This year, I followed the same routine, but just got around to opening up my new planner this morning, resulting in my overlooking my sweet niece’s birthday yesterday. (Apoligies, Addison!) I’ve done all of the above and am feeling a bit lost with so many empty spring dates compared to last year’s hastily scribbled notes on seemingly every page. In February, “Visit to Sewanee,” followed by “Last day to order cap and gown,” and “Deadline to turn in photos for Senior slideshow.” And, later, “Grad party,” “Grad luncheon,” “NCL Senior Recognition,” “Last Choir concert,” “Pick up grad announcements.” Wow. How will I possibly pass the time in the spring of 2014? I mark my daughter’s last day of college classes and realize that all I have to do this May is welcome her home. Again it becomes clear that my job here is done and my heart sinks a little. I flip through 2013’s weekly planner one last time before filing it away, and glance at some other entries, and the obvious becomes obvious – “Life Happens,” regardless of our well-executed plans. There was my mother’s death, at the beginning of last year, as well as entries reflecting my Dad’s numerous hospitalizations and rehab appointments mid-year. There was also a joyous family wedding in the fall, and the parties and celebrations associated with it. There were flight times and hotel confirmations noted, reminding me of some fun and exciting trips and excursions I didn’t know I’d be taking this time last year. There were a couple of baby showers, surprise parties, lunches and dinners with friends jotted down, along with a few unanticipated minor medical procedures for various members of our family. There were notations regarding volunteer obligations and opportunities that I hadn’t even thought about last January. Closing the book, I felt better, maybe even a little excited. Who knows what 2014 will bring, but without a doubt it will bring some fun, some trips, some excitement. It may also bring an unexpected illness, an accident, and/or a bit of sorrow, but, I resolve to try to remain calm and carry on, as the British so aptly proposed just before the start of World War II. After all, I have a hair appointment and a friend’s birthday celebration next week, and a bunco gathering to look forward to later in the month.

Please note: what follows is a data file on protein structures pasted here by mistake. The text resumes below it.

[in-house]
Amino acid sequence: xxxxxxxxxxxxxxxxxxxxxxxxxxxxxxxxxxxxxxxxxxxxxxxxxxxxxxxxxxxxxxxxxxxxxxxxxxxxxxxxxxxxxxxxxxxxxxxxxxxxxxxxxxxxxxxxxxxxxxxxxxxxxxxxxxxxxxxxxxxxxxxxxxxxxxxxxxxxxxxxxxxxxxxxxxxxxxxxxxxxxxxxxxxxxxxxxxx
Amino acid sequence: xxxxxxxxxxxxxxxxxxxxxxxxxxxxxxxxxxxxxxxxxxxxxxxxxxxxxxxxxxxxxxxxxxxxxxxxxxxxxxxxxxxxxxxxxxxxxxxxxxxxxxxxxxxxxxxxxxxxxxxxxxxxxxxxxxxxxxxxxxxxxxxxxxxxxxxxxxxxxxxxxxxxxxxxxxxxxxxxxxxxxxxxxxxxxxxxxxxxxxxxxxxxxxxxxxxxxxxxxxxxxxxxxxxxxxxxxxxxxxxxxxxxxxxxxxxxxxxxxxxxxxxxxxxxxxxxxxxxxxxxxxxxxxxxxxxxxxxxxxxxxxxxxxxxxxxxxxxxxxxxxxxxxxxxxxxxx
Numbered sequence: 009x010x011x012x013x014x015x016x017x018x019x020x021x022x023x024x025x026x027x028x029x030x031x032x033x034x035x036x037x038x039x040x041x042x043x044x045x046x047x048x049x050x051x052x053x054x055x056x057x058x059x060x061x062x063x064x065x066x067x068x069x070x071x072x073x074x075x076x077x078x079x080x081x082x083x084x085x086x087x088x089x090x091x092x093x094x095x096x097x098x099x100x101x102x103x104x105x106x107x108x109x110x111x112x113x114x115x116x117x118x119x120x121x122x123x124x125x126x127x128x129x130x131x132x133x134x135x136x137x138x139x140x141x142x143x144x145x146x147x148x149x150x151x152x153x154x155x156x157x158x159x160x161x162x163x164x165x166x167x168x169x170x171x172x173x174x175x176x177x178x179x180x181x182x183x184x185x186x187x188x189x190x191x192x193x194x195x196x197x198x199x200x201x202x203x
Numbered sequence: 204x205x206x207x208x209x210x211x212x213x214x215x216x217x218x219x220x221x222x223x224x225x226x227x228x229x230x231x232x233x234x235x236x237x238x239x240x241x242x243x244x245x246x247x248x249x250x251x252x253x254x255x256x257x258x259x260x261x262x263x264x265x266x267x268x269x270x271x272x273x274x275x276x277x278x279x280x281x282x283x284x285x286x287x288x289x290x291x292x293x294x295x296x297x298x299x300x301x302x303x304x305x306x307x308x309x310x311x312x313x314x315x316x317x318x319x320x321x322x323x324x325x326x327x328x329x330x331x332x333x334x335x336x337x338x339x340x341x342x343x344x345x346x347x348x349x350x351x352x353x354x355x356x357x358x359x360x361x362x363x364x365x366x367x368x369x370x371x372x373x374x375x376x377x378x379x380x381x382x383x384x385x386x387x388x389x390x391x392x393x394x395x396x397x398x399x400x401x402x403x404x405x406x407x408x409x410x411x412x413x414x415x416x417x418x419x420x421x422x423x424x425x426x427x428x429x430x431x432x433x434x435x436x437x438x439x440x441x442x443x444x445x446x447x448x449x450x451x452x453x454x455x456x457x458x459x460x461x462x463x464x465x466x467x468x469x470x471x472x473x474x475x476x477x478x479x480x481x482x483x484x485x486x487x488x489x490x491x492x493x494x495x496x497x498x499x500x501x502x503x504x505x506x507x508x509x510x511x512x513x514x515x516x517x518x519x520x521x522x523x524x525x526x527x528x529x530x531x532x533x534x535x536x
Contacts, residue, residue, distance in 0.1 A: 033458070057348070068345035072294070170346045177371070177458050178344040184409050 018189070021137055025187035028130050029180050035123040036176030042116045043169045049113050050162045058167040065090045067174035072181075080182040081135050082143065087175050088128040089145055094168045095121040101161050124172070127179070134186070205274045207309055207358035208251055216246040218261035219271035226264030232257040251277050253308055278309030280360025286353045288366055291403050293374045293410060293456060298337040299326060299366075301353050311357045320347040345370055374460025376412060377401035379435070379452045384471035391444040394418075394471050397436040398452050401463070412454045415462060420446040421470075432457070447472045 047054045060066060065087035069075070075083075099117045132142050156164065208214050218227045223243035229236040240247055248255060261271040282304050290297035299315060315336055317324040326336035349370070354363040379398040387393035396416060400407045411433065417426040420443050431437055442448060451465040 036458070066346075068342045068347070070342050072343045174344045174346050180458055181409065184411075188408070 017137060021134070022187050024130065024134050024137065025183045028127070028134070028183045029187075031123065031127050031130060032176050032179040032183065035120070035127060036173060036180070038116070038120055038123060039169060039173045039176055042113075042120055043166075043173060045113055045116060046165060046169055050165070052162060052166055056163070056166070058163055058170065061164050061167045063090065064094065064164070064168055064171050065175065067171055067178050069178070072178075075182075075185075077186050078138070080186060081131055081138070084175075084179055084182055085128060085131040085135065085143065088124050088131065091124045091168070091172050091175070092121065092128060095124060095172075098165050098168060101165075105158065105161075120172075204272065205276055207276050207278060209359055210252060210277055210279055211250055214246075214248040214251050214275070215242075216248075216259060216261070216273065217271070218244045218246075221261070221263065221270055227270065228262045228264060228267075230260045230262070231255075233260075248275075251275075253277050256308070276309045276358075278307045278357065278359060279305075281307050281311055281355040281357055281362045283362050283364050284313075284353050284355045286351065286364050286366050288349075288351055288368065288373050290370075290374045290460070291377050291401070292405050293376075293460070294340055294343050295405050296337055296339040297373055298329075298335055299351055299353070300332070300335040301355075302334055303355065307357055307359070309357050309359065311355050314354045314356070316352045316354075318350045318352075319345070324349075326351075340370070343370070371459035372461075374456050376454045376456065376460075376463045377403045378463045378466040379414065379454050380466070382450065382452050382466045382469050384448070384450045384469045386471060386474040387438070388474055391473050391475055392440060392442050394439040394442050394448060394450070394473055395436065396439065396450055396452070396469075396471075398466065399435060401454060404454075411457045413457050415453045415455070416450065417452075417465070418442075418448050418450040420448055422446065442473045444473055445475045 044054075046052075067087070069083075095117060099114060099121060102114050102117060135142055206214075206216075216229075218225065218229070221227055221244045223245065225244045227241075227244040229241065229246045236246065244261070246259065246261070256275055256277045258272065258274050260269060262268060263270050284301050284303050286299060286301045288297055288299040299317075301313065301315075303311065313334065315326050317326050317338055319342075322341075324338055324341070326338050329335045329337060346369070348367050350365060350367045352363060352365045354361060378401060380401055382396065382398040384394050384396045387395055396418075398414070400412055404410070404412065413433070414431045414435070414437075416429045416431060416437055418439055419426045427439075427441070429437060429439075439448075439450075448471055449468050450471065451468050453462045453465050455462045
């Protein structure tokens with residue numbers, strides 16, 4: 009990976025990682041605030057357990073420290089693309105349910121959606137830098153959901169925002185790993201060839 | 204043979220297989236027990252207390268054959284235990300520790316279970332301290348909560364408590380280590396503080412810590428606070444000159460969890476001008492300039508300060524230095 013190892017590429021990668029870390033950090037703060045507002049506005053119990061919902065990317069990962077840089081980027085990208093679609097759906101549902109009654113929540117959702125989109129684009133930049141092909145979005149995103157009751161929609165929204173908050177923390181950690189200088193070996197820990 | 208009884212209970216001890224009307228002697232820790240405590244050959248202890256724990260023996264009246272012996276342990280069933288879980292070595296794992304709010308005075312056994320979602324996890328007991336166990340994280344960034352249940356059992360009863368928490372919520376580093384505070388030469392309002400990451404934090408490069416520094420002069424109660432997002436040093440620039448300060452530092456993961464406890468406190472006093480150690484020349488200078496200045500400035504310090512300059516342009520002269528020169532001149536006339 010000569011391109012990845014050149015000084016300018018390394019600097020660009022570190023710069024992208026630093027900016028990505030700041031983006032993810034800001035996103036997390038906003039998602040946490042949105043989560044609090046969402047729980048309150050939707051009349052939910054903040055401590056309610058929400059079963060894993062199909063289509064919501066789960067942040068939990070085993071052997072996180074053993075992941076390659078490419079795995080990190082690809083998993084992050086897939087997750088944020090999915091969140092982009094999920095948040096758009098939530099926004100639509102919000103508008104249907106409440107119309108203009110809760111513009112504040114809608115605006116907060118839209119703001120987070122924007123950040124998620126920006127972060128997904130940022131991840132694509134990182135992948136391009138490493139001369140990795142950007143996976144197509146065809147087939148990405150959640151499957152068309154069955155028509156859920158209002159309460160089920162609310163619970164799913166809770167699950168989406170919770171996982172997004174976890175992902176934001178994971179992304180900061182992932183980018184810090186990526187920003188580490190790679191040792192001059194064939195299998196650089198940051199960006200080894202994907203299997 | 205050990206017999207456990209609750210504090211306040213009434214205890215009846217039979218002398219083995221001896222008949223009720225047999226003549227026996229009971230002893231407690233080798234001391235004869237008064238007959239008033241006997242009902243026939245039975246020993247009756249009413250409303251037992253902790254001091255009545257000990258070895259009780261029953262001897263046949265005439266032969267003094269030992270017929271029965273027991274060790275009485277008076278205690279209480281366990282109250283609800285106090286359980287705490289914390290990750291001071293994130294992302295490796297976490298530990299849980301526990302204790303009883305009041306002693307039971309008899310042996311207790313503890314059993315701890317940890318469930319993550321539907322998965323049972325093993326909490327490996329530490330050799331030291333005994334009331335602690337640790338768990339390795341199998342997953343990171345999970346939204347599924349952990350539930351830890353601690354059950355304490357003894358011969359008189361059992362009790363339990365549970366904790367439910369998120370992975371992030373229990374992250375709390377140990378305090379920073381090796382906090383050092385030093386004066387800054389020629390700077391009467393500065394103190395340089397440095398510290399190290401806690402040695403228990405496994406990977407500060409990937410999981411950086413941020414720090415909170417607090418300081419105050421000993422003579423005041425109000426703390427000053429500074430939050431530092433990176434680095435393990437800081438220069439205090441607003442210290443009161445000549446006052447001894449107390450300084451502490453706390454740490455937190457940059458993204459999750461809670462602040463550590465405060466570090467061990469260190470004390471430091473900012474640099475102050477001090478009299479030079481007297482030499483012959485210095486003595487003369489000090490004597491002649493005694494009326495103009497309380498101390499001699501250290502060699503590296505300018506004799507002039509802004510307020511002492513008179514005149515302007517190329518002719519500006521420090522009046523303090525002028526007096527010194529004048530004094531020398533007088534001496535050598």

(By the way, I see that Thanksgiving is the same time as last year, so, please, let’s try to get a little Christmas shopping done before Turkey Day this year.)

Twelve Days of Christmas